There's nothing better than a bit of myth busting! For years it's been widely assumed that our islands are somehow protected from the tick-borne infections that affect so many people in mainland Europe. Whilst more than 230,000 cases of Lyme Disease (LD) are estimated to occur on the other side of the Channel, UK estimates range from 2000 to 3000 cases per year. Given ideal conditions for tics in many parts of the UK, is this true? A new study may provide the answer!
Ixodes ricinus is one of more than 20 species of tick that is indigenous to the UK. It is the main carrier of Borrelia burgdorferi, the commonest cause of LD in the UK. Tics typically feed on large mammals such as deer, sheep and humans.
Using a detailed algorithm, researchers were able to search through a UK primary care database of 8.4 million patients and identify all those who'd been diagnosed and treated with LD between 2001 and 2012. At present, official estimates are based upon positive laboratory findings and clinical cases reported to a central agency. But by searching through the database it was clear that this approach had significantly underestimated the total number of cases in the UK.
LD typically present with flu-like symptoms - fatigue, fever, chills, joint pain and headache. Between 10 and 20% develop neurological and/or cardiac complications. Left untreated, symptoms may take months or even years to resolve.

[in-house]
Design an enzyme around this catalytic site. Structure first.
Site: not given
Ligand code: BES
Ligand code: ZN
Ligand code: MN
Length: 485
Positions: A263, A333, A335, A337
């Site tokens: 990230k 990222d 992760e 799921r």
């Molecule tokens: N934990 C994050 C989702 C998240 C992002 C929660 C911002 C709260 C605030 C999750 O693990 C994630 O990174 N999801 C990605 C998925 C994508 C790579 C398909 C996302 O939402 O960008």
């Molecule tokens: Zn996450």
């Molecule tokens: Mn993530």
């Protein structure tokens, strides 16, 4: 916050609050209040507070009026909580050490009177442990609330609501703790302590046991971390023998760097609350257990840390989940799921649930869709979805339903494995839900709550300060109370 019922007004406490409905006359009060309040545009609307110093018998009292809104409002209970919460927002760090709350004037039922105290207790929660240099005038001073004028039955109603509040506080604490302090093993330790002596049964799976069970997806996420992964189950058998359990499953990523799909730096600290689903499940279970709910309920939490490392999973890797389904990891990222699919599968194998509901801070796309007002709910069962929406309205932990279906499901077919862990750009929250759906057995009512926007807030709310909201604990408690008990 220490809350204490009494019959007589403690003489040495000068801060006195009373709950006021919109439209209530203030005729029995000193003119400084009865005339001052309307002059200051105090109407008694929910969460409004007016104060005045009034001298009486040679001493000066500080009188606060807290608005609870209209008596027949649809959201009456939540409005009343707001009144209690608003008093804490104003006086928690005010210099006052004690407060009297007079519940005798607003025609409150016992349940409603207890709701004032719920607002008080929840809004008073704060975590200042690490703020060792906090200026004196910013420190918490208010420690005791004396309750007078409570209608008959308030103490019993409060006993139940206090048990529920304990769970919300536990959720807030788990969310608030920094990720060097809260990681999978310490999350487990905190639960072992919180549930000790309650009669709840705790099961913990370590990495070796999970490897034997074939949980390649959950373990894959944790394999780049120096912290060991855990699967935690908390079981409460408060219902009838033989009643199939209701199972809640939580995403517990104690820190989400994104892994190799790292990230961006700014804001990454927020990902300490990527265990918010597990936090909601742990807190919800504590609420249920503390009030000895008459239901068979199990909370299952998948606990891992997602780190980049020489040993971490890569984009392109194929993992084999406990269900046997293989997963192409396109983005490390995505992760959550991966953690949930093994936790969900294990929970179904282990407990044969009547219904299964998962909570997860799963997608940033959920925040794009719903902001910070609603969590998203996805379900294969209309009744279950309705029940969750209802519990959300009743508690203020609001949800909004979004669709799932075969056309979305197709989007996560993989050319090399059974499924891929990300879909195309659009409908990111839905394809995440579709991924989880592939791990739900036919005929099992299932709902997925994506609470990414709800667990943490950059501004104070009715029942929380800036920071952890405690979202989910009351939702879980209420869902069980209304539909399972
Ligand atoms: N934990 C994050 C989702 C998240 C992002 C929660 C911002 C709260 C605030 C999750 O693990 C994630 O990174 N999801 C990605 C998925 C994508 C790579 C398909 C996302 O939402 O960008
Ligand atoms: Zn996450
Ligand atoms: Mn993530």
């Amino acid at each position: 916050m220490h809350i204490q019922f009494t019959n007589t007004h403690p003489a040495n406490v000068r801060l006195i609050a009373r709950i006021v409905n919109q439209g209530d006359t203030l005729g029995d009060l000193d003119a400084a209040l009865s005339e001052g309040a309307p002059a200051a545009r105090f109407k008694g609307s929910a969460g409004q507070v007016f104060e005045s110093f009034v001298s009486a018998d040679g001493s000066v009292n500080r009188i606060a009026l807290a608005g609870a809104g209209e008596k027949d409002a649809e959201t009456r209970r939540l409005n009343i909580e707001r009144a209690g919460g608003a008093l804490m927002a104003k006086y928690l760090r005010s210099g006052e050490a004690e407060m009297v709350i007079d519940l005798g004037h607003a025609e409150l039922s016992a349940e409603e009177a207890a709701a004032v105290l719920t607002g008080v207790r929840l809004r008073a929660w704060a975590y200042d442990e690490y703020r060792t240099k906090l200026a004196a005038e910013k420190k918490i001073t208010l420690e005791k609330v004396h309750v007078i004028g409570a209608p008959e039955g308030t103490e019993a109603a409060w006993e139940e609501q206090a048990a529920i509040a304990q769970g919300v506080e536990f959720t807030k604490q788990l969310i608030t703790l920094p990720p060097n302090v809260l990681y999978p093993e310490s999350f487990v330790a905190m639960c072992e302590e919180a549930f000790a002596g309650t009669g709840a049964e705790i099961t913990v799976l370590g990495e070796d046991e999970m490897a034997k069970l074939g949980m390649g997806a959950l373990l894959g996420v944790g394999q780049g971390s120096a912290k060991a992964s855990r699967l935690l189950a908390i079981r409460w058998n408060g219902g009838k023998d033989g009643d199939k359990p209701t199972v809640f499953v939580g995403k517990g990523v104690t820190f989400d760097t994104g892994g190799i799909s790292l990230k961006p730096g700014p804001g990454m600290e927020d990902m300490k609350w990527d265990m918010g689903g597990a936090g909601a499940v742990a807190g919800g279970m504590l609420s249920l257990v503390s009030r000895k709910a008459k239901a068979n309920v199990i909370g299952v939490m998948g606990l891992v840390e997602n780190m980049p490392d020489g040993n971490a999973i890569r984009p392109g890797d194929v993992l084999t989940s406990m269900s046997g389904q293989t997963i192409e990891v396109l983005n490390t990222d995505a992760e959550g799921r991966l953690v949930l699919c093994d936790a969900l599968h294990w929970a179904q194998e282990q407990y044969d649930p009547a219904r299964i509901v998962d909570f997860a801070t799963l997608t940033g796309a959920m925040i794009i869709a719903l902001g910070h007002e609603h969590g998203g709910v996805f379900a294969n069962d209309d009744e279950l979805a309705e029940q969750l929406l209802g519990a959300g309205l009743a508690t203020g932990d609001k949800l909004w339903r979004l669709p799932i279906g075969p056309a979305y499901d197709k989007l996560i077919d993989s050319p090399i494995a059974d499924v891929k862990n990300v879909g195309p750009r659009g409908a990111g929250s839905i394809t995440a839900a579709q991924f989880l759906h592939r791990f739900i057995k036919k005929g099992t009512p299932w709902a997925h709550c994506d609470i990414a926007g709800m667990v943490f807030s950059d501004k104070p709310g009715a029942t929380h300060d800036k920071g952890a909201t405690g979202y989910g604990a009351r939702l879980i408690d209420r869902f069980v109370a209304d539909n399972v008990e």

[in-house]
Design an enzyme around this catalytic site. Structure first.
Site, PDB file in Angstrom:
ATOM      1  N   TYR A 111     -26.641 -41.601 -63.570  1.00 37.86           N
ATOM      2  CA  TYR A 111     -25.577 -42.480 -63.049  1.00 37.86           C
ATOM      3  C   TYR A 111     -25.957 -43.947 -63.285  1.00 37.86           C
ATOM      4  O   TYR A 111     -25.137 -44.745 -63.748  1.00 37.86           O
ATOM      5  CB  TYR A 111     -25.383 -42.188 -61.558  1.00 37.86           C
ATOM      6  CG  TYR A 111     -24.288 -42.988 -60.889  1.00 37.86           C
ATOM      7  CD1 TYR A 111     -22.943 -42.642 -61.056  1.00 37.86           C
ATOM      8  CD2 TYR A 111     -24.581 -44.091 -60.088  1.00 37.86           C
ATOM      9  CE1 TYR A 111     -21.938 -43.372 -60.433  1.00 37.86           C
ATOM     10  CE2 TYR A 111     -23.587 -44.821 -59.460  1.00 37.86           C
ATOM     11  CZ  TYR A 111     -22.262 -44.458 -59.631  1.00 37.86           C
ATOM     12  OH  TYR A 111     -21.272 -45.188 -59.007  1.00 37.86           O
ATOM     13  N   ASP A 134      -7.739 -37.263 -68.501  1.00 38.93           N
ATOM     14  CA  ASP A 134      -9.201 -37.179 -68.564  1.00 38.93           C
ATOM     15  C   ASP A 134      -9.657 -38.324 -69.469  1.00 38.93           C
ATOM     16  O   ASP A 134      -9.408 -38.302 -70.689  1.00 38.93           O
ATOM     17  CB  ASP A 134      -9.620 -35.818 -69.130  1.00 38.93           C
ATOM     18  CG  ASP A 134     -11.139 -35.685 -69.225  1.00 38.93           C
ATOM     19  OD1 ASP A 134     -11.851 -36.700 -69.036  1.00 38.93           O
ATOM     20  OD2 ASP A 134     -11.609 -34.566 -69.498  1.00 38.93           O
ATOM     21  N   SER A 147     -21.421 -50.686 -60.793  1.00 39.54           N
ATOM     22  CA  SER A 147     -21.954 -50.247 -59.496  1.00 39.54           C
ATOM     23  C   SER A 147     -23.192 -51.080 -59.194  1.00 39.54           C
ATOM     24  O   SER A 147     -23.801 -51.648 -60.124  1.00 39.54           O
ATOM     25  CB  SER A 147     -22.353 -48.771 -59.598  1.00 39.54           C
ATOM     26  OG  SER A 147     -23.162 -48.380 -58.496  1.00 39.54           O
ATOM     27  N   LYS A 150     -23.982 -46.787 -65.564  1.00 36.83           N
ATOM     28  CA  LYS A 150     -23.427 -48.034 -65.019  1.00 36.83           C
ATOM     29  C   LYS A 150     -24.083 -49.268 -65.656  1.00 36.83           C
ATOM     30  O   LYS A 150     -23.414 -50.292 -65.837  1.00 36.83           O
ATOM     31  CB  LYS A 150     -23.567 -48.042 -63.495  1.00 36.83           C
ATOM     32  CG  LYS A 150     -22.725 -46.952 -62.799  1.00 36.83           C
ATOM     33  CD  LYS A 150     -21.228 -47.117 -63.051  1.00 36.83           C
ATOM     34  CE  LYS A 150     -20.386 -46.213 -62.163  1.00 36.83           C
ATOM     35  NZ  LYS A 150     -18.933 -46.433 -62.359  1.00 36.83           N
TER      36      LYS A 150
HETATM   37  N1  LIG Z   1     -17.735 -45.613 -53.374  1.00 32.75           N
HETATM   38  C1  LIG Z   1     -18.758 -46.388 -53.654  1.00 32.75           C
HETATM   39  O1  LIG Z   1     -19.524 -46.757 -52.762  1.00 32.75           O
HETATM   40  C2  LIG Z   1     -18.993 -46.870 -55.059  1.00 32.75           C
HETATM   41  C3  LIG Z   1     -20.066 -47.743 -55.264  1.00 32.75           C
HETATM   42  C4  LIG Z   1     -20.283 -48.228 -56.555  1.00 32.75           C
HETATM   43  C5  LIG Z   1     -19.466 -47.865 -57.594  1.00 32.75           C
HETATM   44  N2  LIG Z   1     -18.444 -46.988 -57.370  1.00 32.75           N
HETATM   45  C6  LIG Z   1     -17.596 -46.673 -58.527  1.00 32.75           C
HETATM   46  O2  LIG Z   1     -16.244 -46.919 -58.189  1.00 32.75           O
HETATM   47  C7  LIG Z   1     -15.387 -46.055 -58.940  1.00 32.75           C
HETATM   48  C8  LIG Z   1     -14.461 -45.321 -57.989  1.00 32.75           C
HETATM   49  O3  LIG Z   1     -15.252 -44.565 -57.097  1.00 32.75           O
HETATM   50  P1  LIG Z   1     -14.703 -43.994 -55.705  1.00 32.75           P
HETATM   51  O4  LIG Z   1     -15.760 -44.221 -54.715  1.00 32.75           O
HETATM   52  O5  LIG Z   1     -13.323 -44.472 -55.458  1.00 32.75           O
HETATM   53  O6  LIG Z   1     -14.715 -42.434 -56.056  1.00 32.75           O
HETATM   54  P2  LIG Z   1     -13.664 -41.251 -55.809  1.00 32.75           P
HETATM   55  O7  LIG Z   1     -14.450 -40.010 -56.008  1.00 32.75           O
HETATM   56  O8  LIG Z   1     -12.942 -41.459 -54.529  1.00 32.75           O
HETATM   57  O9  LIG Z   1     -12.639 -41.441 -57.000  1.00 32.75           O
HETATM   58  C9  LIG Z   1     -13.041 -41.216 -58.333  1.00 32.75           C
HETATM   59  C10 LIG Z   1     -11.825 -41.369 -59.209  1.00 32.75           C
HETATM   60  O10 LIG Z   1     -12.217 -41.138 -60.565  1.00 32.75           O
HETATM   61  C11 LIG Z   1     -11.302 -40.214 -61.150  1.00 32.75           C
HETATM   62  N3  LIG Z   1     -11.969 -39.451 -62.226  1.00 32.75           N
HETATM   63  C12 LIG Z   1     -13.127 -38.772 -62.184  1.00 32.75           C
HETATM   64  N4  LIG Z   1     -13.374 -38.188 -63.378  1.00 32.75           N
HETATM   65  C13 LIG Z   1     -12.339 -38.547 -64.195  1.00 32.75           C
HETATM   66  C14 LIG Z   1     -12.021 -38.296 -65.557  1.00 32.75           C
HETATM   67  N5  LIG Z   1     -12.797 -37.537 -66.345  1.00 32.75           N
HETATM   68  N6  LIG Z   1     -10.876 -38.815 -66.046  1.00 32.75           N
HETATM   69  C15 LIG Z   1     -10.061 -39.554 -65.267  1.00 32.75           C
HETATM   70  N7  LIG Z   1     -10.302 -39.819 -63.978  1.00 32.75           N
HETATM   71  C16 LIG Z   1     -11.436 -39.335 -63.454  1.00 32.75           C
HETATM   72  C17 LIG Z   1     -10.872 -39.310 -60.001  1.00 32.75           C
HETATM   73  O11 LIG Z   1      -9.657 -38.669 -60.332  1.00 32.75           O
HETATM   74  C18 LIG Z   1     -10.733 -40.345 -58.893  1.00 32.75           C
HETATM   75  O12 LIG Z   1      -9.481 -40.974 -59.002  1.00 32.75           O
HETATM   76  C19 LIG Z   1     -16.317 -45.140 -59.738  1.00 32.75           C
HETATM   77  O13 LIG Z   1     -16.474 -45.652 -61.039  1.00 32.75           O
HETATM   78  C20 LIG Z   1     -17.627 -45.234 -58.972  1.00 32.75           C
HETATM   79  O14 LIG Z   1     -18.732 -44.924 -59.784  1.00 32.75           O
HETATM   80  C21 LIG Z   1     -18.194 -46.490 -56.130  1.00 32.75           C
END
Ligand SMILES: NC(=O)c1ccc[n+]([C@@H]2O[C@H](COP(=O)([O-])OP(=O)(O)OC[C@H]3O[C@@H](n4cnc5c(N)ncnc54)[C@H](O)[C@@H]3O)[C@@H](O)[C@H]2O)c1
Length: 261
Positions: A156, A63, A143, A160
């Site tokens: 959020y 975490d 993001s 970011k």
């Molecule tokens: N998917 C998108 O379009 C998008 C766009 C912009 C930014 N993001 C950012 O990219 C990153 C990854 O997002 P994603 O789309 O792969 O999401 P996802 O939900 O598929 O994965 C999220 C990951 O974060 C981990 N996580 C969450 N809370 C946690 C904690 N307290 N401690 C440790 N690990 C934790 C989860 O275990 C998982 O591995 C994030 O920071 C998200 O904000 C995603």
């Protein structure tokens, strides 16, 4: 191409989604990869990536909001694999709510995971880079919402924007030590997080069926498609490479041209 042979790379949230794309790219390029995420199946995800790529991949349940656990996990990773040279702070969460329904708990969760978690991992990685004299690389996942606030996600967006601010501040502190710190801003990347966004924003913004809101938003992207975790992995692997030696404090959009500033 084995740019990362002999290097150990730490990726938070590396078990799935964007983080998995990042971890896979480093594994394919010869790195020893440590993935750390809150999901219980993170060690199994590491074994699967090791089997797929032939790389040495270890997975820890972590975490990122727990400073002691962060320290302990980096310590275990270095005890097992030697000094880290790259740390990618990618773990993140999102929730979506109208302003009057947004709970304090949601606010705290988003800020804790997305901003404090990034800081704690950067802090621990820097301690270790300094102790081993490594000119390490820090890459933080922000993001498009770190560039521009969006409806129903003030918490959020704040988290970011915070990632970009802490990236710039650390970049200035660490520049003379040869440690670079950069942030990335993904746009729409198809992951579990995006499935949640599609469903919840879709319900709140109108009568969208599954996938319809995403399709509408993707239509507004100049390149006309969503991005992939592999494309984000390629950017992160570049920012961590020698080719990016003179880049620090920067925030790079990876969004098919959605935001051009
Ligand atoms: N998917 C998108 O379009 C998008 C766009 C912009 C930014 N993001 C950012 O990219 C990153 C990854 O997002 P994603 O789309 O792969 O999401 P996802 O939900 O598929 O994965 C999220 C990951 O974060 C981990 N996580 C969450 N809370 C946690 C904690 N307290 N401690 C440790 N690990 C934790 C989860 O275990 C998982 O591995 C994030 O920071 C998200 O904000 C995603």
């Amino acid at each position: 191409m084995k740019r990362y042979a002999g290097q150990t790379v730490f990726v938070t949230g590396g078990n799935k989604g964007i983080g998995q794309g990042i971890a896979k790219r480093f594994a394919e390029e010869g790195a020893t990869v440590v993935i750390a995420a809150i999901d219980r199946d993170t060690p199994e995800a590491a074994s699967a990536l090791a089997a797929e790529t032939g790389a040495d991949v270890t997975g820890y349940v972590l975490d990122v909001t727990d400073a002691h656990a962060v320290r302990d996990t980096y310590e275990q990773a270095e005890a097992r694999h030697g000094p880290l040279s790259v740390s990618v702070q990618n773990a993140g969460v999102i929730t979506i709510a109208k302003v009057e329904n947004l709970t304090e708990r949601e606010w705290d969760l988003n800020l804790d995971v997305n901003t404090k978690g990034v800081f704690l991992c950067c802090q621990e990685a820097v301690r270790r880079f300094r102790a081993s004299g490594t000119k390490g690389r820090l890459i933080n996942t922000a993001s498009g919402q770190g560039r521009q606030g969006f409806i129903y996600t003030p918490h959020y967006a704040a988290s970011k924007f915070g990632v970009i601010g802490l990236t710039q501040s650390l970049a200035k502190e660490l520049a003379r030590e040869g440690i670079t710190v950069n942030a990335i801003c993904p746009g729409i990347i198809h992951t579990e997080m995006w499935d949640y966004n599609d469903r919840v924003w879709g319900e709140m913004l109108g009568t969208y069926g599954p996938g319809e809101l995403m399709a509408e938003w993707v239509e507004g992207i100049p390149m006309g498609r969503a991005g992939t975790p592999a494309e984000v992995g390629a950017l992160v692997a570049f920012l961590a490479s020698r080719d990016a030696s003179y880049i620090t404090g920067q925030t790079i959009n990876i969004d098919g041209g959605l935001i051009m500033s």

Here's 3 of the study's most important findings:
-The total number of cases was more than double what was previously thought. According to the study, an estimated 7738 LD cases were identified and treated in 2012.
-The annual rate of LD was 12.1 per 100,000 adults. However this varied dramatically from region to region - in Scotland the incidence was 37 per 100,000 compared to just 6 per 100,000 in Wales.
-The incidence of LD wasn't static. Between 2001 and 2012 the number of cases increased by a factor of 10.
The incidence of LD in 2012. LD was commonest in Scotland and the south west of England, whilst rarest in Wales, Northern Ireland and the north of England
It looks like LD has been underestimated in the UK for many years and is set to increase in the future. Anyone practising mountain medicine needs to be well versed in the diagnosis and management of the condition as early recognition may reduce the duration and intensity of symptoms and prevent life threatening complications.
Erythema Migrans (EM) - This distinctive "Bull's Eye" rash is often seen in LD. It is important to distinguish this from the more benign rashes caused by insect bites. The latter tend to be sore, itchy, transient and visible within a few hours. EM often goes unnoticed, can take up to 2 weeks to appear and remains visible for several weeks if left untreated. The absence of EM does not rule out LD. Only 22% of those diagnosed with LD in this study recalled seeing EM on their body.
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